Brightening up a Yashicaflex TLR

The below article describes how to improve brightness of a viewfinder of a YashicaFlex TLR camera. The same tricks would work just as well with many other old TLRs. If you can barely see anything through your TLR’s view finder, I hope you will find this article useful.

Below a picture of my self-serviced YashicaFlex TLR.

I bought the camera from an eBay vendor in Japan. It didn’t cost much, sold as-is. It arrived in a poor shape,. There were many many problems, as described in another article, all of them succesfully resolved 🙂

One of the biggest problems was the view finder. You could barely see anything through it. Even with an an otherwise functioning camera, this is a major deal-breaker. Composing an image and focusing, they both require as good visibility as possible. My camera in that aspect was only just-about usable outdoors, while indoors you couldn’t see anything.

Diagnosis

The diagram below shows how a picture makes it from a photographed object to your eye, on a TLR camera. The light goes into the camera through the viewing lens. It bounces off a mirror placed at an angle, then goes up towards the eye. There the light falls on a ground glass screen, where the picture forms. You look at this picture from above, to compose a scene and to focus the camera.

To make the view as clear as possible, both elements require attention – the mirror and the ground glass screen.

Cleaning the mirror and the ground glass screen.

The ground glass screen of my camera was very dusty on both sides. I disassembled the view compartment and took the screen out. Then I took out the mirror, also covered with a thick layer of dust. Nobody has cleaned this thing, ever!

It’s quite easy to remove both parts. Once removed, I washed them with soap and polished gently with a microfibre cloth. I reassembled the camera and the picture got a bit better.

Mirror replacement

Better, but still far from ideal… I now could see the view indoors, but still very dark. The mirror simply lost its lustre over the decades. There were dark spots all over the surface. 65 years means a lot of oxygenation of the reflecting silver layer. It’s the exact same process which makes silver cutlery require regular polishing 😉

I decided to replace the mirror with a new one. I thought of buying a piece of mirror of similar thickness and cutting it myself. Then I’ve discovered that it cannot be just any mirror. It has to a first-surface mirror. It’s a mirror whose reflecting surface is not at the back of the mirror, but at the front.

If you’d use a typical cheap “second surface” mirror, focusing could become an issue. Here’s why:

The additional layer of glass through which the light goes in a conventional mirror before it bounces off the reflective layer, introduces secondary (ghost) reflections, slightly shifted. Light becomes weaker. Accurate focusing can become difficult.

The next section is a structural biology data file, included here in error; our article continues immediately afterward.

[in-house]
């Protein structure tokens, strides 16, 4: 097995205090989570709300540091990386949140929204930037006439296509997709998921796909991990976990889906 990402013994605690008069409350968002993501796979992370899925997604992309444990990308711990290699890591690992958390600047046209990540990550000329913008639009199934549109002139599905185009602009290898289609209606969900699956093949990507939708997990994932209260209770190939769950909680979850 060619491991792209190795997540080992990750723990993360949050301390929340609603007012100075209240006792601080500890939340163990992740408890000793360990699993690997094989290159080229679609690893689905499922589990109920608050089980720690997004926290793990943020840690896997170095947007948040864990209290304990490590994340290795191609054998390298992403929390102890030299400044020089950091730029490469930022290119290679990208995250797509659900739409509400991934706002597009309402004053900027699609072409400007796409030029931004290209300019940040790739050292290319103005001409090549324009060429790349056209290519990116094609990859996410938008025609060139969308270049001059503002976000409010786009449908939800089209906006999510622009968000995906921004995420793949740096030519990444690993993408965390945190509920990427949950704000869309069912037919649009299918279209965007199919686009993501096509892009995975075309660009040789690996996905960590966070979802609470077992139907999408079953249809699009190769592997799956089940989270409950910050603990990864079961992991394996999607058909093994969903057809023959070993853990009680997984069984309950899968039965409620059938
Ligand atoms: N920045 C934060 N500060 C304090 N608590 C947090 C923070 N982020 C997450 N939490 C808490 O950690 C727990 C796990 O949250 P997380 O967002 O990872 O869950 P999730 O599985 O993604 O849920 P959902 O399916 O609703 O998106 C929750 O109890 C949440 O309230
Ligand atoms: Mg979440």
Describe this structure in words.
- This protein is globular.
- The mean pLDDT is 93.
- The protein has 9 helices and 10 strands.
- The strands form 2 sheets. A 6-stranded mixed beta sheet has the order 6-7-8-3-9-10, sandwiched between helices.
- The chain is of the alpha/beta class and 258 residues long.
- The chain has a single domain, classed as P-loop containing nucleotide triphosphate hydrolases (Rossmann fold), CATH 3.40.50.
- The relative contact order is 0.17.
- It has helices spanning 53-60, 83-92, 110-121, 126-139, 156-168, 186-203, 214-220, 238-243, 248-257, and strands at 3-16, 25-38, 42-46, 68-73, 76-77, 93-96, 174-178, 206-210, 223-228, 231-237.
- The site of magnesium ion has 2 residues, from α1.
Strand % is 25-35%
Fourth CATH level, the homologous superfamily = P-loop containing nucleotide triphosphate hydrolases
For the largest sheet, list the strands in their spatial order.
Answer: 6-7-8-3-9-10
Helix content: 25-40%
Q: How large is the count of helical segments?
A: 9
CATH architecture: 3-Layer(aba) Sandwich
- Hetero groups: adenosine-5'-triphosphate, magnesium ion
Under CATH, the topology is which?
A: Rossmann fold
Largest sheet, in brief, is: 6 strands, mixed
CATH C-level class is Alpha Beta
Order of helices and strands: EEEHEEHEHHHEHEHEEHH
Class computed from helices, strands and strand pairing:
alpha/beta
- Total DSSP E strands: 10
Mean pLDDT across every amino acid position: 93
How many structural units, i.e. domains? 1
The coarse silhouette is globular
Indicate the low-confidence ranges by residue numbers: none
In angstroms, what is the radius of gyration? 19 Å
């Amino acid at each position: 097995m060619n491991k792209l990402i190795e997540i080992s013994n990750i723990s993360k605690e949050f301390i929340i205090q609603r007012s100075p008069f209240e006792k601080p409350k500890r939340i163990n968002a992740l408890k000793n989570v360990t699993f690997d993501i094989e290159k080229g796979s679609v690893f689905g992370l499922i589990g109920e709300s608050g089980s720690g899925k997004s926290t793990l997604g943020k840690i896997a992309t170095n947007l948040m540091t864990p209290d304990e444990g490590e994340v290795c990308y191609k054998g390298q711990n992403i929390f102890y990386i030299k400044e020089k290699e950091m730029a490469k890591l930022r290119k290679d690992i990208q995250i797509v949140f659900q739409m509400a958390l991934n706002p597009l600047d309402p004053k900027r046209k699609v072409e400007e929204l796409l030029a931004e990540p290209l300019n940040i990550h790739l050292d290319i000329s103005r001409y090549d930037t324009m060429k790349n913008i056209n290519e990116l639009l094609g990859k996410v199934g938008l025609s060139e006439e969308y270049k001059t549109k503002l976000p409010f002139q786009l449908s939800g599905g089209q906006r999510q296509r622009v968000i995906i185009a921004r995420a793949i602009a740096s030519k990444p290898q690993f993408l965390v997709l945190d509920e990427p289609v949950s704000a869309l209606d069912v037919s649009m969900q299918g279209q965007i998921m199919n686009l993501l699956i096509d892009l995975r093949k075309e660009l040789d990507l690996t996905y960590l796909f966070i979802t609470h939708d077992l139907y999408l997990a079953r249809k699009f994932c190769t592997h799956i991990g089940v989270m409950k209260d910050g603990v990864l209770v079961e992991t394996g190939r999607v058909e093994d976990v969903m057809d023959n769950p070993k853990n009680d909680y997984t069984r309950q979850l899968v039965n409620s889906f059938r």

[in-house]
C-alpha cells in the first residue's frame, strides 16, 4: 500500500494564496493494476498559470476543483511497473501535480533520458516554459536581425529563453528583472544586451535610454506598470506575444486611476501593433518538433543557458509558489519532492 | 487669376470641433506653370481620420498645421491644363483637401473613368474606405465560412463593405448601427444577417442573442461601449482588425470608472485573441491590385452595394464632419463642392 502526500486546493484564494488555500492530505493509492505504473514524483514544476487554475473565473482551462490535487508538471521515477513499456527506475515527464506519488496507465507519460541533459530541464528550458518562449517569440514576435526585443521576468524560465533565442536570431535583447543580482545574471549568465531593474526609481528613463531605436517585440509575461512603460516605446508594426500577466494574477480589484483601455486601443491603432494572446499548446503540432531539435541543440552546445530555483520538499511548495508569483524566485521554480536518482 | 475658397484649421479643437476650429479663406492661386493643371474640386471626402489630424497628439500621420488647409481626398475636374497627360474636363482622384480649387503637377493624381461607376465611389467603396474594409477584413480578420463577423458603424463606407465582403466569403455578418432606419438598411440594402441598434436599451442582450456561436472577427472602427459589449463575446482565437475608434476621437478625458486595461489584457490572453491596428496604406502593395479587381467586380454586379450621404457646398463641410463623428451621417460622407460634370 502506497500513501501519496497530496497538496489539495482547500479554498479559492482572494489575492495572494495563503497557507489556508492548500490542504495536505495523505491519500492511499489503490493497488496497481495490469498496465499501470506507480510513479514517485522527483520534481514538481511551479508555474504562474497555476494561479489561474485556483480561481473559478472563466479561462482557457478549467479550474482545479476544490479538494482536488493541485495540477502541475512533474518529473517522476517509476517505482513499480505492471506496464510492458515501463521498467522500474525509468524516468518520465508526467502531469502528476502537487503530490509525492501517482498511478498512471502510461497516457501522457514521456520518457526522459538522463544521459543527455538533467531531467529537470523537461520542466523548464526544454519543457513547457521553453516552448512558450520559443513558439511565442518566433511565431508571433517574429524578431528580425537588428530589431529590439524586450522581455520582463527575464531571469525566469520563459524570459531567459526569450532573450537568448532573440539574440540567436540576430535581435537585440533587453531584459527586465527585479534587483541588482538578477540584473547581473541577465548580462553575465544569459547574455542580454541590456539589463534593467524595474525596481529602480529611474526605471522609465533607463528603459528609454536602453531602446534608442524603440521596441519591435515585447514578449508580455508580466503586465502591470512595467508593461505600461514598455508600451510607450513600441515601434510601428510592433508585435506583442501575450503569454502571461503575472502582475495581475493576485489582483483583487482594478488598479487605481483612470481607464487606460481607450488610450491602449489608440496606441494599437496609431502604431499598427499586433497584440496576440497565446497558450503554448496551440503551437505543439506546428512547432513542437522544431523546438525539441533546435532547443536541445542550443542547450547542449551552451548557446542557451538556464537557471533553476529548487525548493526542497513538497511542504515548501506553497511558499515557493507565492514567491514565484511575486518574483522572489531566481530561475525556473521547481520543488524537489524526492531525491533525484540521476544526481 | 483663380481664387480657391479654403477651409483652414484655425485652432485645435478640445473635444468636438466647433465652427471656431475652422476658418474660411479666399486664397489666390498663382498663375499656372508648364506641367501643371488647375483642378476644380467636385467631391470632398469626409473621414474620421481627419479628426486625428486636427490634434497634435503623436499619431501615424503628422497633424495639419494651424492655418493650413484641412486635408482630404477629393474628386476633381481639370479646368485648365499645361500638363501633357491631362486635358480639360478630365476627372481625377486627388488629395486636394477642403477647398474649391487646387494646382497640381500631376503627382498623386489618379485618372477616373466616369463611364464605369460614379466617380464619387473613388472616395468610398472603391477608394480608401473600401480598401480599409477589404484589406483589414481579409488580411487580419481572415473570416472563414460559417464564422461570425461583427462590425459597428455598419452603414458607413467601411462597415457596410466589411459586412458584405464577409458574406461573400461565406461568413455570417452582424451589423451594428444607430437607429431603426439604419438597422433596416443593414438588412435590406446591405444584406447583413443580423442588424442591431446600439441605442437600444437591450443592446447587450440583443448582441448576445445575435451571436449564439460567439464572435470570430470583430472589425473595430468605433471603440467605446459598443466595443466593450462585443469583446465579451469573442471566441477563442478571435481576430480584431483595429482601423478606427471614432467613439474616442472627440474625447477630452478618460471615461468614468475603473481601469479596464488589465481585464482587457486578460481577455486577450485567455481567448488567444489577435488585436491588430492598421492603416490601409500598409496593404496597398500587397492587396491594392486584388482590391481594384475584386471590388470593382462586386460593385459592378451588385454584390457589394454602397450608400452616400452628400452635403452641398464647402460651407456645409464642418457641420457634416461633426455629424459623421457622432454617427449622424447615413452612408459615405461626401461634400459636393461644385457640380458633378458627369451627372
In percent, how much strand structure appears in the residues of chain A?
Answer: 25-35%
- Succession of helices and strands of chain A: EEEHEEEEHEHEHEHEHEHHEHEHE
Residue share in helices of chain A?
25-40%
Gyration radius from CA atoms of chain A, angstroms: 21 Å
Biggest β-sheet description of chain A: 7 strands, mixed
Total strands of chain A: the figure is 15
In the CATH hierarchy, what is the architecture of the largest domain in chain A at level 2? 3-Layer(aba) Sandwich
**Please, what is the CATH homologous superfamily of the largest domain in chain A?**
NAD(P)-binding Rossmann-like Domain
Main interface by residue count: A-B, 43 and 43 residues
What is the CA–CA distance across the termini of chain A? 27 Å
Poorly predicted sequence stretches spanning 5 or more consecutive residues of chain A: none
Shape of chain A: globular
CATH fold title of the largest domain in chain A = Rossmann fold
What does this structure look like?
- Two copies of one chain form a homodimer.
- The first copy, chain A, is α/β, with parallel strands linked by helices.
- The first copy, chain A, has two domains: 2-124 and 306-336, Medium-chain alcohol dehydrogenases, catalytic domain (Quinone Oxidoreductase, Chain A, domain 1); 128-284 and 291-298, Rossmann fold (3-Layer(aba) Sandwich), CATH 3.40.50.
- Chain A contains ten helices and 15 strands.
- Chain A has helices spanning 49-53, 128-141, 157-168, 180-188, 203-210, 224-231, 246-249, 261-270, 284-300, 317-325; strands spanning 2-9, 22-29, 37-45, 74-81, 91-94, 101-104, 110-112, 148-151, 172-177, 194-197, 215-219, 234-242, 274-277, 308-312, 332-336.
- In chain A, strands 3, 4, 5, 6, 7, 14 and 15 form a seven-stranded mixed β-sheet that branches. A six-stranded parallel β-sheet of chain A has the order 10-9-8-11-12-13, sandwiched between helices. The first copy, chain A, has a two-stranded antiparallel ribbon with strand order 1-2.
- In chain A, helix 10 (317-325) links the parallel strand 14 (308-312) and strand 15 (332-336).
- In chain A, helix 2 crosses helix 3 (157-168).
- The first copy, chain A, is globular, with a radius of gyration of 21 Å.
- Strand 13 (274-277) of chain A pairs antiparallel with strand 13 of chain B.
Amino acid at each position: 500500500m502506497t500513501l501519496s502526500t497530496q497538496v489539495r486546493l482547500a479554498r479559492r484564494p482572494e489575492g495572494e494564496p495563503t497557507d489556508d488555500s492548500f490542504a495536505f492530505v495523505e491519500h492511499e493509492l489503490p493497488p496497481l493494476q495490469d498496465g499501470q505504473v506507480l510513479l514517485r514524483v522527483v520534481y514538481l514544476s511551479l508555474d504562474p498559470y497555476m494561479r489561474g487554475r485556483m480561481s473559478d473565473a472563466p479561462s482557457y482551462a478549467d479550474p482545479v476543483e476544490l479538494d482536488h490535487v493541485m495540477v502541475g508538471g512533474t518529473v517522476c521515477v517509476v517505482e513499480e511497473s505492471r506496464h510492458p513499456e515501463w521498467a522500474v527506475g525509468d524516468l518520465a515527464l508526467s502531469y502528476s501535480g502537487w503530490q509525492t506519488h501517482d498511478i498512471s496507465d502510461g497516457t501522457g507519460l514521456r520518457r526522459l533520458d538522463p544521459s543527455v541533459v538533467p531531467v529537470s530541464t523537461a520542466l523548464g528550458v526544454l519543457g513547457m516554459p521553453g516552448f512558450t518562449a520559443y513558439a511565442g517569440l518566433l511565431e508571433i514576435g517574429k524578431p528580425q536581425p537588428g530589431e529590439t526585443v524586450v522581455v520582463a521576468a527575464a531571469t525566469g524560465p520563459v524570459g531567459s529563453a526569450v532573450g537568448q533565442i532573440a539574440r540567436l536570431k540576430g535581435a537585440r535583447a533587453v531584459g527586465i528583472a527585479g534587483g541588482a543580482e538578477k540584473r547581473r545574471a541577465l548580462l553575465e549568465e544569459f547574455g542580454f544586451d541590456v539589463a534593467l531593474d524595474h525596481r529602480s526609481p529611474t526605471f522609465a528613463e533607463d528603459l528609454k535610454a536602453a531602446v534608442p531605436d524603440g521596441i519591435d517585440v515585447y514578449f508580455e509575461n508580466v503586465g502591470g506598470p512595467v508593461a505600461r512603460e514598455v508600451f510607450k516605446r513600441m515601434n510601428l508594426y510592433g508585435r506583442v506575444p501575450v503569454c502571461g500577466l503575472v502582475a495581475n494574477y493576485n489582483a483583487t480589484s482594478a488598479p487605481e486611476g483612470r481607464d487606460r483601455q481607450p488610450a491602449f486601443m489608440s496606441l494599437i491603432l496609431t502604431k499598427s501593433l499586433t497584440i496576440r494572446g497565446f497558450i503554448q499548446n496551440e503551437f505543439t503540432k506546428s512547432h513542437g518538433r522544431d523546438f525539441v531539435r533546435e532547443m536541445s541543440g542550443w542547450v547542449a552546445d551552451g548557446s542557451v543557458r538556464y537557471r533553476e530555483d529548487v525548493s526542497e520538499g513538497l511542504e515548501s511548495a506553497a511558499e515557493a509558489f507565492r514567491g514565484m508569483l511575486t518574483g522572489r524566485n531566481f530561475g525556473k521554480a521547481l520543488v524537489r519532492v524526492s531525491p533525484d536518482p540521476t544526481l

I found some vendors of first surface mirror glass of the required thickness but prices weren’t worth it. They don’t seem to be particularly interested in selling me a single 10×10 cm piece 😉

So I went to eBay and bingo! There’s a nice guy in USA selling first-surface mirrors, already cut to proper sizes for variety of cameras, including my YashicaFlex. Find him here: $7 for a new shiny piece of a fitted mirror doesn’t seem an excessive price at all!

I ordered the mirror, waited a week, got it, peeled off the protective film (what a pleasure!), placed it inside the camera, and the view has gotten better again!

Vignette problem

Nearly there… Why nearly? Well, there was still a lot of vignetting. Vignetting is a phenomenon where light on the ground glass screen is the most intense in the center, but becomes darker and darker towards the edges. It nothing to do with the camera, that’s just how things work with optics. Here’s an example:

Few weeks later I bought another TLR camera for repairs – a Zeiss Ikoflex. It was dirty like hell but hey, that viewfinder! The picture was bright, and no vignetting. How come?

I took a closer look and there I saw it. A Fresnel screen in the viewfinder.

Getting rid of vignette with Fresnel lens

Fresnel lens is a clever contraption by Augustin-Jean Fresnel, who came up with a cheap solution to boost brightness of light beams from lighthouses. It has been called the invention that saved a million ships. It’s a flat surface covered with concentric grooves which bend and focus light just as a lens would do – but all this without the lenses’ bulk, thickness and cost.

Nowadays cheap Fresnel lenses help senior citizen read their books and newspapers. They’re made of plastic and sold in bulk for peanuts, as can be seen here on eBay

I bought a sheet big enough, cut it to the required size, so that it would fit inside the ground glass screen compartment of my Yashicaflex. I’ve fixed it under the ground glass screen and it just worked!

The vignette is practically gone, while focusing still works fine (which was my biggest concern). This is such an improvement!

Below some pictures of the operation.

Ground glass screen of the Yashicaflex:

Fresnel lens cut to size:

Fresnel lens placed under the ground glass:

New bright viewfinder:

(c) Tomasz Waraksa, Dublin, 2020

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